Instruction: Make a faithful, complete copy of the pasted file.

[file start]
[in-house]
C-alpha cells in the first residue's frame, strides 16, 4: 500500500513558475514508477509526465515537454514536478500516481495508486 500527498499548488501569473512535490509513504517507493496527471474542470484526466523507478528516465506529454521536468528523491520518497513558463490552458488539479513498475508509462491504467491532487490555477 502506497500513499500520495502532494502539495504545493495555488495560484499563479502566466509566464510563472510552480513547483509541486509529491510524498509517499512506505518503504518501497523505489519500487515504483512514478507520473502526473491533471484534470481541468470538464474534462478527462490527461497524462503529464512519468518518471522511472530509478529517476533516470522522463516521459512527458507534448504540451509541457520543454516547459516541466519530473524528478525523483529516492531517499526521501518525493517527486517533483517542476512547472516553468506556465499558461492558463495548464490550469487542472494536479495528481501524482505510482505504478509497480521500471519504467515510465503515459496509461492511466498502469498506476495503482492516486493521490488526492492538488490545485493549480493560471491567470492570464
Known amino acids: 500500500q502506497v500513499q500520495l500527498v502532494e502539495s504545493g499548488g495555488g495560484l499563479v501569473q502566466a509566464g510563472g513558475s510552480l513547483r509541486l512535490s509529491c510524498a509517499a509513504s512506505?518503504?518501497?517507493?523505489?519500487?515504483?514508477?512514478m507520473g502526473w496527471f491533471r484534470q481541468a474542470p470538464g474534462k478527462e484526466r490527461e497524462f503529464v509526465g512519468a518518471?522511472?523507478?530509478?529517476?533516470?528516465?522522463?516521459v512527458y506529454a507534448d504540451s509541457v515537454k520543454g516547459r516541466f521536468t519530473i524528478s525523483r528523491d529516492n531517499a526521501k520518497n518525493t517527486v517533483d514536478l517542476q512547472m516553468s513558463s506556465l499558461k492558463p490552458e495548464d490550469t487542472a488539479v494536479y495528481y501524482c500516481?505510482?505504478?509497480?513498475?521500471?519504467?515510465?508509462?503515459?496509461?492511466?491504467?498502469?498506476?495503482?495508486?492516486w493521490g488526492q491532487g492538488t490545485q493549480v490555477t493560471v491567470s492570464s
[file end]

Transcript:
[in-house]
C-alpha cells in the first residue's frame, strides 16, 4: 500500500513558475514508477509526465515537454514536478500516481495508486 500527498499548488501569473512535490509513504517507493496527471474542470484526466523507478528516465506529454521536468528523491520518497513558463490552458488539479513498475508509462491504467491532487490555477 502506497500513499500520495502532494502539495504545493495555488495560484499563479502566466509566464510563472510552480513547483509541486509529491510524498509517499512506505518503504518501497523505489519500487515504483512514478507520473502526473491533471484534470481541468470538464474534462478527462490527461497524462503529464512519468518518471522511472530509478529517476533516470522522463516521459512527458507534448504540451509541457520543454516547459516541466519530473524528478525523483529516492531517499526521501518525493517527486517533483517542476512547472516553468506556465499558461492558463495548464490550469487542472494536479495528481501524482505510482505504478509497480521500471519504467515510465503515459496509461492511466498502469498506476495503482492516486493521490488526492492538488490545485493549480493560471491567470492570464
Known amino acids: 500500500q502506497v500513499q500520495l500527498v502532494e502539495s504545493g499548488g495555488g495560484l499563479v501569473q502566466a509566464g510563472g513558475s510552480l513547483r509541486l512535490s509529491c510524498a509517499a509513504s512506505?518503504?518501497?517507493?523505489?519500487?515504483?514508477?512514478m507520473g502526473w496527471f491533471r484534470q481541468a474542470p470538464g474534462k478527462e484526466r490527461e497524462f503529464v509526465g512519468a518518471?522511472?523507478?530509478?529517476?533516470?528516465?522522463?516521459v512527458y506529454a507534448d504540451s509541457v515537454k520543454g516547459r516541466f521536468t519530473i524528478s525523483r528523491d529516492n531517499a526521501k520518497n518525493t517527486v517533483d514536478l517542476q512547472m516553468s513558463s506556465l499558461k492558463p490552458e495548464d490550469t487542472a488539479v494536479y495528481y501524482c500516481?505510482?505504478?509497480?513498475?521500471?519504467?515510465?508509462?503515459?496509461?492511466?491504467?498502469?498506476?495503482?495508486?492516486w493521490g488526492q491532487g492538488t490545485q493549480v490555477t493560471v491567470s492570464s